Surprisingly for an album of songs - all the more seemingly counterintuitive - is that Quarantine is, to all intents and purposes, beatless. Furthering the process Hour Logic hinted at - where techno rhythms were sunk into an electric wash until they became mere grains that crackled weakly from beneath - almost all semblance of rhythm for Halo's voice to grip onto has been lost. So a second contradictory aspect emerges: is Quarantine an ambient album that battles with its pop impulses, or a pop album that struggles with the softness and uniform density of its surrounds, and caves in upon itself?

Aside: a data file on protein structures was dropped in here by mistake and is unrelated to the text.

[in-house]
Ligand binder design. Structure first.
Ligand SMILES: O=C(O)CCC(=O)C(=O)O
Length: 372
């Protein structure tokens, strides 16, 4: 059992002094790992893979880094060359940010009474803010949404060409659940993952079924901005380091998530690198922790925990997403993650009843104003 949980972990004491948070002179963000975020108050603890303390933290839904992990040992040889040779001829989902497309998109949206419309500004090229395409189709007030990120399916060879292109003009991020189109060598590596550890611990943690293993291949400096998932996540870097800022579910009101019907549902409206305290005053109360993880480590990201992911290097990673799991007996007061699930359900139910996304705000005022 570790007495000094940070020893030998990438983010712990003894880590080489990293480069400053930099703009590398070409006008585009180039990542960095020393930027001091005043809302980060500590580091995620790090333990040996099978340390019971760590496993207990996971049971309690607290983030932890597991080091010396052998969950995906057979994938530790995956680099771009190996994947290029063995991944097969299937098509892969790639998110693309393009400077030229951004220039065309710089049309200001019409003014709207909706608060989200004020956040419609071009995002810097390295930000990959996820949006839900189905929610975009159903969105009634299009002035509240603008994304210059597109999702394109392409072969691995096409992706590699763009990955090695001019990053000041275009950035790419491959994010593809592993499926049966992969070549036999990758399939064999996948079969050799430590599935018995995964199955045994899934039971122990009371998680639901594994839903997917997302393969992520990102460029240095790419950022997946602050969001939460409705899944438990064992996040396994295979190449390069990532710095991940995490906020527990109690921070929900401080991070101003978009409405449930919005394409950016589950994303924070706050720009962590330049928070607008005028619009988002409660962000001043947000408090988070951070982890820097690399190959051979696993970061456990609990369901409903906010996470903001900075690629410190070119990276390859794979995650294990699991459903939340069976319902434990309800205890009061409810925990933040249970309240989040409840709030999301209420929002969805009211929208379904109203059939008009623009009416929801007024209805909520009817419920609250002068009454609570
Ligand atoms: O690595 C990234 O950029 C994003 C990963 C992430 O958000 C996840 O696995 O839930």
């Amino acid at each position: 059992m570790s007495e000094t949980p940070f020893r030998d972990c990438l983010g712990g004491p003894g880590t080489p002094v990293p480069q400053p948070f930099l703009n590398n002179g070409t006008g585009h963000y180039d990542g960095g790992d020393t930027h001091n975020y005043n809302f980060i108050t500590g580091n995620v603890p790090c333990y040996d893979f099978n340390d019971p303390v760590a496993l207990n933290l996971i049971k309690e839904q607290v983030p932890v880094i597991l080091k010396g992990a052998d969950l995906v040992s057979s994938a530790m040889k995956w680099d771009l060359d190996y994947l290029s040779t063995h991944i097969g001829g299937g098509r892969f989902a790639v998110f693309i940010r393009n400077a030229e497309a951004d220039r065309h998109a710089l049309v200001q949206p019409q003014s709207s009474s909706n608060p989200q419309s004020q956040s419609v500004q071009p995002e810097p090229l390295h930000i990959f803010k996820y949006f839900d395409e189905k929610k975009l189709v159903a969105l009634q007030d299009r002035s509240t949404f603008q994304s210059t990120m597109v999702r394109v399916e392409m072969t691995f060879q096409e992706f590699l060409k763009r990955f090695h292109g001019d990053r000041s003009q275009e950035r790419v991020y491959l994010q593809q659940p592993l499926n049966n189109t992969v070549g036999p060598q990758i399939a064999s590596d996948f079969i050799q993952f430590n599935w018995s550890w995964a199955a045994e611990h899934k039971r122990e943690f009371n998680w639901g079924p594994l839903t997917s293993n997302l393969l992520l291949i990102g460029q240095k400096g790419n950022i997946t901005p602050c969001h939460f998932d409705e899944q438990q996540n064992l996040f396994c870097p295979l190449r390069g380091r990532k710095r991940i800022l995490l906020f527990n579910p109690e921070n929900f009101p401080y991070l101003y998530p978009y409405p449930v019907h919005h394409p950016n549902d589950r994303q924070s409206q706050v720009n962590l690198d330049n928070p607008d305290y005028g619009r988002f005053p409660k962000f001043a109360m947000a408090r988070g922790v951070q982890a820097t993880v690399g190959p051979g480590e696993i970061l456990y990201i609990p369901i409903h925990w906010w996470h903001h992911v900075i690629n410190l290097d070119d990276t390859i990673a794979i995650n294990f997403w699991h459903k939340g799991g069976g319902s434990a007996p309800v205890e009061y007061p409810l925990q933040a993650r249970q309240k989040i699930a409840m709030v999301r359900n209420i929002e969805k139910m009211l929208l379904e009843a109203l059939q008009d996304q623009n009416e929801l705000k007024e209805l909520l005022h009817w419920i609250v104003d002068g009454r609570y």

It's impossible to tell, but it's rare indeed to hear a song-based artist delving deep, as Halo does here, into the Thomas Köner/Porter Ricks/Christian Fennesz school of intricate sound design, careful layering and illusion of infinite depth. The results are nothing short of magnificent, producing a set of tracks whose fizzing surfaces are always disturbed by some new action just beneath, where ridges of static ruffle and tumble over one another, and where harsh regions of higher density sluice violently into the foreground. Mood is determined by topography: when the terrain is rough and craggy, as in many places during the album's second half, her voice responds in kind, varying in confidence or slipping into the background. Its smoother moments - pulsating opener 'Airsick', the hypnagogic vortex of 'Holoday' - have a Music For Airports vibe, evoking fast motion, polished surfaces and transit (appropriate - she's spoken about aeroplanes and recycled air in public spaces as reference points around the album).